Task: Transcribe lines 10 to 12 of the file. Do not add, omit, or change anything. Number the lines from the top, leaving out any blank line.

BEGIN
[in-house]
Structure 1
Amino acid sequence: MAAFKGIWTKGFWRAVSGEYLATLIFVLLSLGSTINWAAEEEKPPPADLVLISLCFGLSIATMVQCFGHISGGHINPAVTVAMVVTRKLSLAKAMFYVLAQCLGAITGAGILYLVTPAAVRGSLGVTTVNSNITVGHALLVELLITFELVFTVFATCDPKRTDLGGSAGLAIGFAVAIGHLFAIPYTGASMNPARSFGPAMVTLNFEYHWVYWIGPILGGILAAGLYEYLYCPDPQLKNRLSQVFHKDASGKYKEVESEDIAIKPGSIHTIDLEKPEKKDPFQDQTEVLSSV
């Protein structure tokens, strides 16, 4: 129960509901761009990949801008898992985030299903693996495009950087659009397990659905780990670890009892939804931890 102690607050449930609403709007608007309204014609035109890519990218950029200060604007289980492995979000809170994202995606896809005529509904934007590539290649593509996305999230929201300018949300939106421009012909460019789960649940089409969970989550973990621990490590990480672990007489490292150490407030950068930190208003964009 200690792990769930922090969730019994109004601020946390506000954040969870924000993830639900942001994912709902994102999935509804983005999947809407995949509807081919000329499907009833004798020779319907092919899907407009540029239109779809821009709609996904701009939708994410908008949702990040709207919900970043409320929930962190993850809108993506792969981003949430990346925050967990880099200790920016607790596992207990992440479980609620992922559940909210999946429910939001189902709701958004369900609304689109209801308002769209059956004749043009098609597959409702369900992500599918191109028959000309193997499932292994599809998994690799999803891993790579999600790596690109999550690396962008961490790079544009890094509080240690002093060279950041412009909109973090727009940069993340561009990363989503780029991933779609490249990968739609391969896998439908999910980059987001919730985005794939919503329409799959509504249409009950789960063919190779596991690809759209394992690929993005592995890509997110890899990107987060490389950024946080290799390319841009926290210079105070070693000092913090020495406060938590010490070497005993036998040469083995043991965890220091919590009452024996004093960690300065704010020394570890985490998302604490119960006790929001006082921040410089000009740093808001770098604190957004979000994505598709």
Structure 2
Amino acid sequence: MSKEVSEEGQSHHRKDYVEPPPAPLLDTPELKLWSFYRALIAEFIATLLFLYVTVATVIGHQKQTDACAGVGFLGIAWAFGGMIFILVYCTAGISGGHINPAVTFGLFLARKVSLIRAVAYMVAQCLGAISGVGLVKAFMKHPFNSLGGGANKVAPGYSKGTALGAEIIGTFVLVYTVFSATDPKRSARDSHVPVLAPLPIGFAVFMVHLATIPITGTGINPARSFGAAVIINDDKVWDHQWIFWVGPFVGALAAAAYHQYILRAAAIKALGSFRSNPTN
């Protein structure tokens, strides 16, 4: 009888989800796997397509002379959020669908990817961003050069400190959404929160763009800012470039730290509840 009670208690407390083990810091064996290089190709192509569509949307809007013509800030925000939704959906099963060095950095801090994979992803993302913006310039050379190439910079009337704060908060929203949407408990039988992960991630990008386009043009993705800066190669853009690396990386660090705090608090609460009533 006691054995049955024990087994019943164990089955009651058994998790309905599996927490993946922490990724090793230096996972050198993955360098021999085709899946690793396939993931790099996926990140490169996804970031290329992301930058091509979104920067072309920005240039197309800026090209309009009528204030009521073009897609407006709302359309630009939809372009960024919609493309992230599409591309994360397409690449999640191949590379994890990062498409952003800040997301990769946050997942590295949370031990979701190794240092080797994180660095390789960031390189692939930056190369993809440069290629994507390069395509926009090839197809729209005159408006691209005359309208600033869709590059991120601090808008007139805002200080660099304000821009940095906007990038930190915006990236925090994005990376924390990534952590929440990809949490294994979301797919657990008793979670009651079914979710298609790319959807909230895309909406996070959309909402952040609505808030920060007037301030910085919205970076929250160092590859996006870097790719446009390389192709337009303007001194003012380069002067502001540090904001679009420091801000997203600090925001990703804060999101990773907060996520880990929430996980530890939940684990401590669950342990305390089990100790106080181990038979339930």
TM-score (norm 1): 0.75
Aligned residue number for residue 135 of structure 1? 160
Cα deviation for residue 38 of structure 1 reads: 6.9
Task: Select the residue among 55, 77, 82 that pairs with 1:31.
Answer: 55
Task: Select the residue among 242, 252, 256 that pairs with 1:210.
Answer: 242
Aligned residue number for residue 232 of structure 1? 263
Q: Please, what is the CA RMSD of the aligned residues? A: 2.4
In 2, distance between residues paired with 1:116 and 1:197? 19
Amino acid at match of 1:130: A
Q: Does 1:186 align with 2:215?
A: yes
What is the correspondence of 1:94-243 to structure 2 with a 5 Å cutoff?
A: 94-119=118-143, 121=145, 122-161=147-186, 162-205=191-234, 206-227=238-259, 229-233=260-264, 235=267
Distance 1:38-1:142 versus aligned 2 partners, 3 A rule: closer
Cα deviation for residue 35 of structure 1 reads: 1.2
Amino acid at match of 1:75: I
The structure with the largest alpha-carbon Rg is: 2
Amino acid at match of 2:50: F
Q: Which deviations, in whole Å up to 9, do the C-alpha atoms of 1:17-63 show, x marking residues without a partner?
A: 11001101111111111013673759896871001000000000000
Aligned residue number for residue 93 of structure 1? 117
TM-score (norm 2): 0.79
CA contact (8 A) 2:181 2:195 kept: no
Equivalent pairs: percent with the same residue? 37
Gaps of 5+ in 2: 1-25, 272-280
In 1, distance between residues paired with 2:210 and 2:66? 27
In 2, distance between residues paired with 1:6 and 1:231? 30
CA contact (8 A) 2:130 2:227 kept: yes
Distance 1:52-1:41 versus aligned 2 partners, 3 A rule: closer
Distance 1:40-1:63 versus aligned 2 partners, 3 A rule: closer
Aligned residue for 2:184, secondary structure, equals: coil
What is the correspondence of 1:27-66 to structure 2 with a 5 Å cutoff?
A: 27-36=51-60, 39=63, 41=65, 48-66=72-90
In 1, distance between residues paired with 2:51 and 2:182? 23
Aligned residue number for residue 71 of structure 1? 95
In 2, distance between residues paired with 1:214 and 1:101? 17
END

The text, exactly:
Cα deviation for residue 38 of structure 1 reads: 6.9
Task: Select the residue among 55, 77, 82 that pairs with 1:31.
Answer: 55